If you ran the tests now, you’d see that all of them fail, except for the first one. We need to get some validation into this model, which you can guess is a built in piece of Active Record. In order to accomplish this, we only need to annotate the Rails model in this way:
class Baby < ActiveRecord::Base validates_presence_of :name validates_numericality_of :age, :only_integer => true, :greater_than => 0 end
Very easy. Rails has a good number of validations, and they are also extensible. If you want to dig a lot deeper into Rails validations, you should check out the Rails Guide on validations.
The first validation "validates_presence_of" just makes sure that the value is there and isn’t whitespace. The second validation makes sure that the value is a number, only an integer, and is greater than zero. This should satisfy all of our specs, so we are good to go. Just go ahead and run RSpec again (remember "rake spec") and now all of your tests should be passing.
I mentioned earlier that our tests sucked. They suck because we are building a new baby in every test, and if anything changes, like an attribute being added or removed, these tests will start failing. And you’ll have to go and touch each and every one. This might not suck too much right now, but in the future when you have 1000 tests it will really suck.
Factory Girl lets us easily build instances of our classes to use for testing. Rails has a built in feature called "fixtures" for this same purpose, but Factory Girl is much more flexible. The first step is to get the "factory_girl_rails" gem installed by putting it in our Gemfile:
gem 'factory_girl_rails', '~> 1.0.1'
Now run the "bundle" command to install it. Once it is installed you can go to your "spec" folder and create a "factories" folder. In this folder create a file called "baby_factories.rb". In this file we are going to put this code:
Factory.define :baby do |f| f.name "Billy" f.age 12 end
This just creates a factory for us called "baby" and it automatically uses the naming to guess the model class that it will use. In one of our tests, if we wanted to just replace the code inline, we could do this:
it "is valid with proper values" do baby = Factory.build(:baby) baby.should be_valid end
Notice the use of "Factory.build(:baby)", most Factory Girl tutorials you will see will just have "Factory(:baby)". The key difference here is that calling "Factory.build" does not save the model to the database, whereas calling "Factory" does. Depending on what kind of testing you are doing, use one or the other.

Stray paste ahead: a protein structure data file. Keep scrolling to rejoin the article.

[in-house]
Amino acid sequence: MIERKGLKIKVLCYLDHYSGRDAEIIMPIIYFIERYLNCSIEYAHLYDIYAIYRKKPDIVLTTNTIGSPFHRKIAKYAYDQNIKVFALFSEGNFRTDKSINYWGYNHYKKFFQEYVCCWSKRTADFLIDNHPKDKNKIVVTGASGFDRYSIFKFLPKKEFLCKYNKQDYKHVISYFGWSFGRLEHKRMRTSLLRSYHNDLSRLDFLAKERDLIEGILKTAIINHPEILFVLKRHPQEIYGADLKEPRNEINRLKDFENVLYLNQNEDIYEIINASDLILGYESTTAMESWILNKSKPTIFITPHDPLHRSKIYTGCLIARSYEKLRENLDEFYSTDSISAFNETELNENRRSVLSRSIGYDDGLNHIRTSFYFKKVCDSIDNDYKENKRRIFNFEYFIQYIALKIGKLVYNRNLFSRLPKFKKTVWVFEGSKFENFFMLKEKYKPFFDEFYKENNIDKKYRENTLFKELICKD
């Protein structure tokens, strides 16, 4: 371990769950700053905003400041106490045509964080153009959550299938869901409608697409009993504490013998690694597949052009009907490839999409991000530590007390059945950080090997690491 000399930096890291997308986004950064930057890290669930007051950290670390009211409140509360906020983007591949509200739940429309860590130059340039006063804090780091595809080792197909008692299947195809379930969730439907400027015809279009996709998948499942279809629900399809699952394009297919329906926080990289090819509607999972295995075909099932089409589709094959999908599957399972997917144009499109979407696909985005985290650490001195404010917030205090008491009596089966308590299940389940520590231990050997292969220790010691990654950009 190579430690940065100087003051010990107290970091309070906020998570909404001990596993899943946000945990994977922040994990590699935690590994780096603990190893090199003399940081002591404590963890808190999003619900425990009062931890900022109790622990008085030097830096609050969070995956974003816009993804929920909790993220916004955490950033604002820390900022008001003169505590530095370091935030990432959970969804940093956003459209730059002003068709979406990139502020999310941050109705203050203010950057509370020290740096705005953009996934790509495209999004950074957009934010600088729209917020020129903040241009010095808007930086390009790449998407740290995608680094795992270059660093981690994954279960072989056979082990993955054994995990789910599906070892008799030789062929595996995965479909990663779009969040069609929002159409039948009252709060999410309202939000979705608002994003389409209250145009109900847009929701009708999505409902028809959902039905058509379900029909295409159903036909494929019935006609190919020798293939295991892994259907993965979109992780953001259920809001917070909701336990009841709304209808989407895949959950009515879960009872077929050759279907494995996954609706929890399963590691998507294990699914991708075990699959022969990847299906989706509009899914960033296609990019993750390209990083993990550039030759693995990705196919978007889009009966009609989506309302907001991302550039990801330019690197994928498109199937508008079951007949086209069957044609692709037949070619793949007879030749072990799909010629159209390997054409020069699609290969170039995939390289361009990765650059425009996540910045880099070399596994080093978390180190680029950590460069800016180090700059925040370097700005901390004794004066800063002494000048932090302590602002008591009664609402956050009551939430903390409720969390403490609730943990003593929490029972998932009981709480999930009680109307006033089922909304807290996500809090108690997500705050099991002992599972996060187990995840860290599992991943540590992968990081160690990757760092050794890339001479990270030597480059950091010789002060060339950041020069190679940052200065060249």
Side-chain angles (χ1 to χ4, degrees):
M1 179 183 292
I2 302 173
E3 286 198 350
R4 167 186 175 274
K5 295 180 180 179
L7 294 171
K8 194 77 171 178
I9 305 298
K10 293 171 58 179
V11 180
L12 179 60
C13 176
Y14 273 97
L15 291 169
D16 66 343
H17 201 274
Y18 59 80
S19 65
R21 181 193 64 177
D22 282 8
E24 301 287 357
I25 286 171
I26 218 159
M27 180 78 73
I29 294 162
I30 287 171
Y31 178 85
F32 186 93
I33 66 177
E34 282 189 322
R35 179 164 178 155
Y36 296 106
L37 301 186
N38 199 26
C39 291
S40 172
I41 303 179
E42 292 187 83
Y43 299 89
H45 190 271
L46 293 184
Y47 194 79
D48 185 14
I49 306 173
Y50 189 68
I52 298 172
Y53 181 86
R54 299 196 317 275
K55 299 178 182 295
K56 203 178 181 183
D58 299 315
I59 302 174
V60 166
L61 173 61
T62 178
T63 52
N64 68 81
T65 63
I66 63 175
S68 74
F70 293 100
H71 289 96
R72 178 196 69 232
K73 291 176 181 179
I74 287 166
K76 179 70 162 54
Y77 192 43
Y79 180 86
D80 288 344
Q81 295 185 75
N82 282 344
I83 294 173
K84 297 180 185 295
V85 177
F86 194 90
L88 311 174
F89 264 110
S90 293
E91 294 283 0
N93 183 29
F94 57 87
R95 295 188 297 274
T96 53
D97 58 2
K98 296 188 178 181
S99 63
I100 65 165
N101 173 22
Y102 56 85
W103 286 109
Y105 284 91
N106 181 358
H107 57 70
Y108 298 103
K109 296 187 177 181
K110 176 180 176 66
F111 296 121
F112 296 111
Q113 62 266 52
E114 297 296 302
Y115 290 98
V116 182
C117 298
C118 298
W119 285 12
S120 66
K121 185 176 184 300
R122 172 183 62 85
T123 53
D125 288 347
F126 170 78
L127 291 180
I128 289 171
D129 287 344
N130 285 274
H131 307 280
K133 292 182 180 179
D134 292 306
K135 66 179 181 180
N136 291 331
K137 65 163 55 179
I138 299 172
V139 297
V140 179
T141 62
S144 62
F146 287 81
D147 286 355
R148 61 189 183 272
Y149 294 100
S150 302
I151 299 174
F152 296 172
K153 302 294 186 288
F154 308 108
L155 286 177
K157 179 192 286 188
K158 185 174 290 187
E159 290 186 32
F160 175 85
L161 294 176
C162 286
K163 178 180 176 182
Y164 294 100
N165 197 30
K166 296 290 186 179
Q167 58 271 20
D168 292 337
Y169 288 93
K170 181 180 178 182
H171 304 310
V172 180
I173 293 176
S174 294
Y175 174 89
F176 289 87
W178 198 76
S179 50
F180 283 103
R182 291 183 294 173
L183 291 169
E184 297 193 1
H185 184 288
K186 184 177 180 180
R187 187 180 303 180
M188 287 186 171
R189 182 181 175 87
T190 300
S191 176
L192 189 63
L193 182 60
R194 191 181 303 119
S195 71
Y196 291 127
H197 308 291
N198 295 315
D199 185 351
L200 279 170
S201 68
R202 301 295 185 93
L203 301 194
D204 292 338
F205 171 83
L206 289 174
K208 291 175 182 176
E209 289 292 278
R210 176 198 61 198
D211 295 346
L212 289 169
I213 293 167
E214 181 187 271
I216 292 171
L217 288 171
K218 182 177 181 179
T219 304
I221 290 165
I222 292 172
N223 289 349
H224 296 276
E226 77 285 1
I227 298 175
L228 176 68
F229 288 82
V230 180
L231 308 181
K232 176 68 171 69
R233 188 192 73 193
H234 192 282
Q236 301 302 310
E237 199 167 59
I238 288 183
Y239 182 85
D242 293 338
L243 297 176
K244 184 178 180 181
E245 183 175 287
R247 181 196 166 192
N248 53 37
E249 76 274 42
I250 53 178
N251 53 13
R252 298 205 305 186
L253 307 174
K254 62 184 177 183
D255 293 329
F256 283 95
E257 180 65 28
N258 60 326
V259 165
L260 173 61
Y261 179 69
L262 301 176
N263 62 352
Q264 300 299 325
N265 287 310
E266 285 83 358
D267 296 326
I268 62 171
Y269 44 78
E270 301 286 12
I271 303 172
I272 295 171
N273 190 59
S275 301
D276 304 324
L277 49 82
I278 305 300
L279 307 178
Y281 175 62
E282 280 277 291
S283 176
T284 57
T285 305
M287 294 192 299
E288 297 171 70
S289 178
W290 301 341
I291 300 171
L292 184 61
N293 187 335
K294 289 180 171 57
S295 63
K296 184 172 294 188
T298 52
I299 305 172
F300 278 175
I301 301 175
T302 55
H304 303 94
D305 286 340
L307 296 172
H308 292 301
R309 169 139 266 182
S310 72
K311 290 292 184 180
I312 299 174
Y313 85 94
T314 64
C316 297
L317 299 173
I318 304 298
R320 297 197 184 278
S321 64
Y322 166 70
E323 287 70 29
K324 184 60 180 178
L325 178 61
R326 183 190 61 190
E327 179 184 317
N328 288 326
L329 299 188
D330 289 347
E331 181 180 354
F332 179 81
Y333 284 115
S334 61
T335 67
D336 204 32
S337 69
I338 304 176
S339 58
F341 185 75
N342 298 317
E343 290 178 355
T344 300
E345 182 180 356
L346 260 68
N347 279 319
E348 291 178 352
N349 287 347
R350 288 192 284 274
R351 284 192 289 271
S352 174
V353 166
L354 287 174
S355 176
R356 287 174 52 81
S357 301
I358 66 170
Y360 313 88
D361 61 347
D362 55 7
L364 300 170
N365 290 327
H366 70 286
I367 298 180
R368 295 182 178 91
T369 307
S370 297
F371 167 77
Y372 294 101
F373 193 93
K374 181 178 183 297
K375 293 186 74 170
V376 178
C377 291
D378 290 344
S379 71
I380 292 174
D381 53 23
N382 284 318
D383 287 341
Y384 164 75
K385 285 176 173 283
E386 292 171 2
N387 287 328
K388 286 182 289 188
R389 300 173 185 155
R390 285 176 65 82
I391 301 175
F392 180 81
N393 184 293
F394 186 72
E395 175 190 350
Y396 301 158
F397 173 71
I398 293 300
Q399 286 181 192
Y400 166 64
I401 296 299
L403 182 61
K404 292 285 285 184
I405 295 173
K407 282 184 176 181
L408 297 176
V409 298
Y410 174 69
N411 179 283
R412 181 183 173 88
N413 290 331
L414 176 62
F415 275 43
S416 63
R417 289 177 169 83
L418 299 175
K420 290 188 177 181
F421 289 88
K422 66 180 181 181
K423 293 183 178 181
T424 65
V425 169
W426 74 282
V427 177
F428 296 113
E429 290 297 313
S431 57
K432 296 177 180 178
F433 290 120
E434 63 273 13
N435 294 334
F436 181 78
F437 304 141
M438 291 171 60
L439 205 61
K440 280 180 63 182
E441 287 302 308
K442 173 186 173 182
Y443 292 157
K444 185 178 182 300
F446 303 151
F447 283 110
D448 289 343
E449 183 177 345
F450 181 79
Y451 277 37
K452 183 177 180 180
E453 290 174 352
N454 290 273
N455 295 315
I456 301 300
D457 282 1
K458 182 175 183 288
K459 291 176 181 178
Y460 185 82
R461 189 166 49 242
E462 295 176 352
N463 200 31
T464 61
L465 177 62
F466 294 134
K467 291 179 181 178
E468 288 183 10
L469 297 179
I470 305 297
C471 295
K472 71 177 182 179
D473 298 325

And you see that we have replaced where we were originally specifying our class explicitly. But we could arguably do a little bit better than this by using the RSpec’s "before(:each)" method and creating the baby object from the factory before each spec is run:
before(:each) do @baby = Factory.build(:baby) end it "is valid with proper values" do @baby.should be_valid end
In later tests, you could just override the needed attribute values for your test:
it "is not valid without a name" do @baby.name = nil @baby.should_not be_valid end
Although some people would prefer to specify the factory in every test, because you can just override attributes on creation:
it "is not valid without a name" do baby = Factory.build(:baby, name:nil) baby.should_not be_valid end
I guess it depends on what kinds of tests you were writing as to which form is more useful. I would recommend considering it on a case by case basis.
In this installment of my Rails 3 baby steps series we learned a good bit about testing. After creating the model in the last entry we setup RSpec and started using it to run some tests against it. Then we added a few small validations to our model and made sure those were working. Finally we cleaned up our tests a bit by including Factory Girl. I really hope you enjoyed this entry in the series, and I hope you’ll come back and check out the next entry where we will dive into a full CRUD controller and how it works.